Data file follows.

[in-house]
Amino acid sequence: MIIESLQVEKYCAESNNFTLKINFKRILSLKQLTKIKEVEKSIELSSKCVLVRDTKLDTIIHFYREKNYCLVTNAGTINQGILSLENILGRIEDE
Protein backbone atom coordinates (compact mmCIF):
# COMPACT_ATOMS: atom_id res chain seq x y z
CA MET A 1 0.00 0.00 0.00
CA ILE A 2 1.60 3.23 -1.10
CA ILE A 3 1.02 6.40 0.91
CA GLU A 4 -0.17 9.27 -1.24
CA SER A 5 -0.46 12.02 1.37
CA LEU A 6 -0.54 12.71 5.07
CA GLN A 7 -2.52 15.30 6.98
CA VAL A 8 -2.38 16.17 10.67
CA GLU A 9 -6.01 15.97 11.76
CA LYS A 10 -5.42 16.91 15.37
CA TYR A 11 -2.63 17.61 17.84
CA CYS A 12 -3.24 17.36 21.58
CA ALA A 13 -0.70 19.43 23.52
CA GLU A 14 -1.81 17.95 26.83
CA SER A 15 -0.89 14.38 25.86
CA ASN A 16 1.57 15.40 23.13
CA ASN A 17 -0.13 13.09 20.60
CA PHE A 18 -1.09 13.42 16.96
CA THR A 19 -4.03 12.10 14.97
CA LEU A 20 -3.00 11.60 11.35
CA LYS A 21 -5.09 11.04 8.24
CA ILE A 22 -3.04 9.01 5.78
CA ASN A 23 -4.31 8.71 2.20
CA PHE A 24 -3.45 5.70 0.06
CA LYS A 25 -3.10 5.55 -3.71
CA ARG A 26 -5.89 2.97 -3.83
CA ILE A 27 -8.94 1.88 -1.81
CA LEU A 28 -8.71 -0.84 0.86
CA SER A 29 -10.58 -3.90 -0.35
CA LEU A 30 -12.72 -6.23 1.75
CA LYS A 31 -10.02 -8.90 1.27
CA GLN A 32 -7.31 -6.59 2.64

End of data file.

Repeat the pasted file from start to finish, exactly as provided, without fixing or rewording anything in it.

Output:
[in-house]
Amino acid sequence: MIIESLQVEKYCAESNNFTLKINFKRILSLKQLTKIKEVEKSIELSSKCVLVRDTKLDTIIHFYREKNYCLVTNAGTINQGILSLENILGRIEDE
Protein backbone atom coordinates (compact mmCIF):
# COMPACT_ATOMS: atom_id res chain seq x y z
CA MET A 1 0.00 0.00 0.00
CA ILE A 2 1.60 3.23 -1.10
CA ILE A 3 1.02 6.40 0.91
CA GLU A 4 -0.17 9.27 -1.24
CA SER A 5 -0.46 12.02 1.37
CA LEU A 6 -0.54 12.71 5.07
CA GLN A 7 -2.52 15.30 6.98
CA VAL A 8 -2.38 16.17 10.67
CA GLU A 9 -6.01 15.97 11.76
CA LYS A 10 -5.42 16.91 15.37
CA TYR A 11 -2.63 17.61 17.84
CA CYS A 12 -3.24 17.36 21.58
CA ALA A 13 -0.70 19.43 23.52
CA GLU A 14 -1.81 17.95 26.83
CA SER A 15 -0.89 14.38 25.86
CA ASN A 16 1.57 15.40 23.13
CA ASN A 17 -0.13 13.09 20.60
CA PHE A 18 -1.09 13.42 16.96
CA THR A 19 -4.03 12.10 14.97
CA LEU A 20 -3.00 11.60 11.35
CA LYS A 21 -5.09 11.04 8.24
CA ILE A 22 -3.04 9.01 5.78
CA ASN A 23 -4.31 8.71 2.20
CA PHE A 24 -3.45 5.70 0.06
CA LYS A 25 -3.10 5.55 -3.71
CA ARG A 26 -5.89 2.97 -3.83
CA ILE A 27 -8.94 1.88 -1.81
CA LEU A 28 -8.71 -0.84 0.86
CA SER A 29 -10.58 -3.90 -0.35
CA LEU A 30 -12.72 -6.23 1.75
CA LYS A 31 -10.02 -8.90 1.27
CA GLN A 32 -7.31 -6.59 2.64